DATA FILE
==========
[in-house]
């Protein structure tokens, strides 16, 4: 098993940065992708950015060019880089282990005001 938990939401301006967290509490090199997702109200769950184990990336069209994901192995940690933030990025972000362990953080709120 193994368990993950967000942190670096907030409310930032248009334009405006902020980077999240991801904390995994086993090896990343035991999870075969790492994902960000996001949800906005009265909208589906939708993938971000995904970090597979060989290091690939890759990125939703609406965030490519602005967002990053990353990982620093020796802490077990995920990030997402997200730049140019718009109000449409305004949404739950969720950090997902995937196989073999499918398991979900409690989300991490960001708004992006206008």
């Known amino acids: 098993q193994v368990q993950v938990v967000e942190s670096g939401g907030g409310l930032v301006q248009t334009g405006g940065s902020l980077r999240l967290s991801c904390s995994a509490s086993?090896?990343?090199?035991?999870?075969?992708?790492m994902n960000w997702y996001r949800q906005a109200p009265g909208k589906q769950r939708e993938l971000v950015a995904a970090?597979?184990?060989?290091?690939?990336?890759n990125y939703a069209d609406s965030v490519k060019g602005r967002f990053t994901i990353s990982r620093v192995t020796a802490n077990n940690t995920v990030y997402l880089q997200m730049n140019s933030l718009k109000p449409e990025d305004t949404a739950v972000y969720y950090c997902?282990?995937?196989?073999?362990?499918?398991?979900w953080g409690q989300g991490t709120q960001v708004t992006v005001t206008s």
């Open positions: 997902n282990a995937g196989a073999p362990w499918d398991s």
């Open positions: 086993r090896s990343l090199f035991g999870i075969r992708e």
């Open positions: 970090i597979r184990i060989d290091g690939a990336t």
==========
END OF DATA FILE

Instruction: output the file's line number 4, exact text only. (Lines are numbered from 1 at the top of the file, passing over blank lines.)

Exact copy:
């Open positions: 997902n282990a995937g196989a073999p362990w499918d398991s």